Feline Infectious Anemia – Symptoms and Treatment
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Usually the precursor to feline infectious anemia (FIA), feline mycoplasma are parasitic cells which often go unnoticed in the individuals which carry them. They are bacteria which go under the classification Mycoplasma haemofelis and, despite their hidden nature, can manifest in severe anemia symptoms in cats. While treatment options are available, if the anemia is acute enough infection can prove fatal.
In this AnimalWised article, we take a look at feline mycoplasma leading to feline infectious anemia. We’ll discover its most common symptoms, how it is transmitted and how it might be treated.
Mycoplasma in cats
Mycoplasm haemofelis is the bacterium which is the most common pathogen causing feline infectious anemia. Along with feline immunodeficiency virus (FIV and also known as feline AIDs) and feline leukemia virus (FeLV), it makes up the three main infectious blood diseases in cats.
The most common transmission of the disease is through infected ectoparasites. These are parasites including fleas, ticks and mosquitoes which pass the infection via their bites. One of the reasons a proper deworming schedule is so important is to prevent such infections.
However, there are other ways this disease can be passed on. Transfusion of contaminated blood is one. Mothers passing it on to their offspring is also believed to be a mode of transmission, but the understanding is currently limited. It is possible it is passed on during gestation, but it could also occur from nursing after birth.
Causes of feline infectious anemia
Once the bacteria enter the bloodstream through the given vector, Mycoplasma haemofelis partly attaches itself to the surface of red blood cells causing hemolysis. This is the rupturing of red blood cells which leads to their destruction and resulting in the presence of anemia.
Studies suggest two distinct subspecies of feline mycoplasma have been identified. One is a smaller, less virulent form. The other is larger and relatively pathogenic, leading to sever anemia.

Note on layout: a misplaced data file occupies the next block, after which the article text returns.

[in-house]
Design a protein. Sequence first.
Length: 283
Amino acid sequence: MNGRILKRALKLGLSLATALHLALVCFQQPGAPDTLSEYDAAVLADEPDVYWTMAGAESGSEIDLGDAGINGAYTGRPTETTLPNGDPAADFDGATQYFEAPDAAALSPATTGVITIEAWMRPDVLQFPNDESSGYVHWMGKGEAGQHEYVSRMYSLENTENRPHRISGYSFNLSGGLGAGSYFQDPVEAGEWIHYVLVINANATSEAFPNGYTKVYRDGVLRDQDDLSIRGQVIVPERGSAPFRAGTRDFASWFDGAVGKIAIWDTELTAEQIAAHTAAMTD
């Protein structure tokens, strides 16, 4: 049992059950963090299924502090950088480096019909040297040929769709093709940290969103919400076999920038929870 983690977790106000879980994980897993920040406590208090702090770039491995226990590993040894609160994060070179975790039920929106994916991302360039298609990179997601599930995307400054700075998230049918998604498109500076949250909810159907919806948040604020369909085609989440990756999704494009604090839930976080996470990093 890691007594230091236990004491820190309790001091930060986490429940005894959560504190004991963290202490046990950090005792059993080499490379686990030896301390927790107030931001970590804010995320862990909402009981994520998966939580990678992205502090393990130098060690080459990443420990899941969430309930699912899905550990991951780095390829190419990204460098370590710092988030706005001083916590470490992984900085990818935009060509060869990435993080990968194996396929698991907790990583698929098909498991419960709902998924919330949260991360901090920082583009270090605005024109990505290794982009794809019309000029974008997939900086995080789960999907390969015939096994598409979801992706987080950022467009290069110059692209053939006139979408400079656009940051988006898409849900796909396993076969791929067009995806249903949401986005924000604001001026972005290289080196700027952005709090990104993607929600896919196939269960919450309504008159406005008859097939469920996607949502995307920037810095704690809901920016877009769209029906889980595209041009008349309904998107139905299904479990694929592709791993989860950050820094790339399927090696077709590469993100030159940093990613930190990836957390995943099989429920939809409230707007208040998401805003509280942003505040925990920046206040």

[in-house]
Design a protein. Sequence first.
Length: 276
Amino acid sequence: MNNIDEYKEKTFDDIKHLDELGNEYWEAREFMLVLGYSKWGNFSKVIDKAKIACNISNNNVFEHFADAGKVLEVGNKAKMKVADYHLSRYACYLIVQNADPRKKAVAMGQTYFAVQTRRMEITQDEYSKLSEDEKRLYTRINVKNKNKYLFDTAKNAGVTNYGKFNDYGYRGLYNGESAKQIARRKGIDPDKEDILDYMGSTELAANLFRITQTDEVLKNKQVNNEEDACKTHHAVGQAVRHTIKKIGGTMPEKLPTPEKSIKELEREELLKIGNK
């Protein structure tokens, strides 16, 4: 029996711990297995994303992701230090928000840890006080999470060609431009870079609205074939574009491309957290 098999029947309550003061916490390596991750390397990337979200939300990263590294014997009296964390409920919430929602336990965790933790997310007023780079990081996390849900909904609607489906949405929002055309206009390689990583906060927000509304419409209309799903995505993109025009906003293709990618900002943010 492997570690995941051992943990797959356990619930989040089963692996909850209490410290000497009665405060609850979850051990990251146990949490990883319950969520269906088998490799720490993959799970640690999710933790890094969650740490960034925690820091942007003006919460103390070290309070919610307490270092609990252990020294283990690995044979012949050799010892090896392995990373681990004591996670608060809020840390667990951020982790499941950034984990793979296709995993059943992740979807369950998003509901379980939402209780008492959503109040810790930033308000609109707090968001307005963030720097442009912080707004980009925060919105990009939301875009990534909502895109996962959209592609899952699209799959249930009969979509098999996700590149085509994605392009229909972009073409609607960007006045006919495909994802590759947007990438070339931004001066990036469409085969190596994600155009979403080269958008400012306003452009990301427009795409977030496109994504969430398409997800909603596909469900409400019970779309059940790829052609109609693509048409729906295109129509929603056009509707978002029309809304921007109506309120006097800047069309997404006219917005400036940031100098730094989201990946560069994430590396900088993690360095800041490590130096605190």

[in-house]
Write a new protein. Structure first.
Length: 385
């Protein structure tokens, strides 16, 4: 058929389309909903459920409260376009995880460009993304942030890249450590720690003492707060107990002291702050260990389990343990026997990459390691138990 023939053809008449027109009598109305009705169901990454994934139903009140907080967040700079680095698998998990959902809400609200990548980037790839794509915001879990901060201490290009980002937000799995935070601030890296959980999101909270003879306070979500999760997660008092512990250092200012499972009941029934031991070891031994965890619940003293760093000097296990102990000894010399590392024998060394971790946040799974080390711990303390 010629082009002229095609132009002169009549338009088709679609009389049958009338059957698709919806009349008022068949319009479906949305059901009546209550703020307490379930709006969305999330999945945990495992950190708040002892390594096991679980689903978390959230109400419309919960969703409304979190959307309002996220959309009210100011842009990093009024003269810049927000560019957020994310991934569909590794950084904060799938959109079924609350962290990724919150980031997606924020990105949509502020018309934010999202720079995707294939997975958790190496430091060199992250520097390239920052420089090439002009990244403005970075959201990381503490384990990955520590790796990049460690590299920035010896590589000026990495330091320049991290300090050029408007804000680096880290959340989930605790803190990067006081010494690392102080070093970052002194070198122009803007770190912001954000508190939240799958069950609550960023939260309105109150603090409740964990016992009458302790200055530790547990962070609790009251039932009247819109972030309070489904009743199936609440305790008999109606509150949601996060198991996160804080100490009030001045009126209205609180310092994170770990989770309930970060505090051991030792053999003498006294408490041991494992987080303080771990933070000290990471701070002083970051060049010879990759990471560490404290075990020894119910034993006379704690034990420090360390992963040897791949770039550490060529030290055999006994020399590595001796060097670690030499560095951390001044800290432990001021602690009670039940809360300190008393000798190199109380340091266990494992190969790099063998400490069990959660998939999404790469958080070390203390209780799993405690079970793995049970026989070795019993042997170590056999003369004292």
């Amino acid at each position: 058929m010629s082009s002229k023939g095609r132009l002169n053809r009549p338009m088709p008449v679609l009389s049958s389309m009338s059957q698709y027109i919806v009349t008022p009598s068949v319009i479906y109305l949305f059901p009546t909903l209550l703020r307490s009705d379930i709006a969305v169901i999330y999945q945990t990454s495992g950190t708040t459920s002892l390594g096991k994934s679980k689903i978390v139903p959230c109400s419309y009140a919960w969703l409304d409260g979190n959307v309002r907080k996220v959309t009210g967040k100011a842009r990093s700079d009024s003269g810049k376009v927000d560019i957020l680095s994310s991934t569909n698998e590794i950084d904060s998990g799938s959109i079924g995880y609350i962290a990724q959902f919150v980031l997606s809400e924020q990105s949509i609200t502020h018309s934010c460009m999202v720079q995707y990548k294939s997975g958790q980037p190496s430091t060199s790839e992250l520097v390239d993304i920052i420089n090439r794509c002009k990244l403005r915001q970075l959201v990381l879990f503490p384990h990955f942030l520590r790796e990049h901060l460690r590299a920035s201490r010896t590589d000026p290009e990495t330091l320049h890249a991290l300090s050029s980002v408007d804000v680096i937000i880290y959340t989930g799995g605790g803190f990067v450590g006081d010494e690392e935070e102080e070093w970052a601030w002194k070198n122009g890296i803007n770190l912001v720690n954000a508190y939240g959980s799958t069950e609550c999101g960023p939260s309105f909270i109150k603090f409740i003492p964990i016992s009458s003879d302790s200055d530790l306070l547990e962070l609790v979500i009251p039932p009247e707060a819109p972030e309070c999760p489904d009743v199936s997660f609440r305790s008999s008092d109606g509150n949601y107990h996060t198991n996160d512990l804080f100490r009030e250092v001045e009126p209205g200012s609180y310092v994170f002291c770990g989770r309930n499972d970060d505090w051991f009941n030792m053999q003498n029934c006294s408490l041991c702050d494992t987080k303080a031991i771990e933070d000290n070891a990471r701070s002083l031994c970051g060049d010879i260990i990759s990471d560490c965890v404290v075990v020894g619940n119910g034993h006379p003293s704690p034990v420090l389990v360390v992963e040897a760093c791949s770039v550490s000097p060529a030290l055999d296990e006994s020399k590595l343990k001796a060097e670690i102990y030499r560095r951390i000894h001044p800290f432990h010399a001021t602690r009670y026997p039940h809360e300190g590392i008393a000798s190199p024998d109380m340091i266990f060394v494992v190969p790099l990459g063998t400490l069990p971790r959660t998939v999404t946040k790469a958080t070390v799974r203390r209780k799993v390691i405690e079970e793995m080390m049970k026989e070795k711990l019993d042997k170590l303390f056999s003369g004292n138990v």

It is important to note that not every cat which is exposed to this bacteria will contract FIA. There are many which will become infected, yet will remain asymptomatic, meaning they don’t show any symptoms. These animals, however, are carriers and can transmit it to other animals which may develop symptoms.
This pathology can also lie dormant and only manifest itself when the cat’s immunity is compromised. This might be if they have the aforementioned FeLV or FIV. However, it can also occur during periods of stress, injury or even a relatively mild disease such as having a cold.
Transmission of feline mycoplasma
Mycoplasma can be transmitted by contact through saliva. However, interactions that involve aggression between two cats can cause transmission through scratches or biting. The disease can pass through cuts and wounds which are infected by the other animal.
Any cat can suffer the disease regardless of age, breed or sex. However, unneutered tomcats may be more likely to get it thanks to their proclivity for fighting. The spring/summer seasons are also a time when infection is more likely due to the greater number of vectors in the form of fleas and ticks.
Symptoms of Mycoplasma Haemofelis infection in cats
While some cats will show obvious signs, others do not. It will depend on the pathogenicity of the agent (i.e. the ability of the agent to cause the disease), the amount of the pathogen transmitted and the health of the infected individual.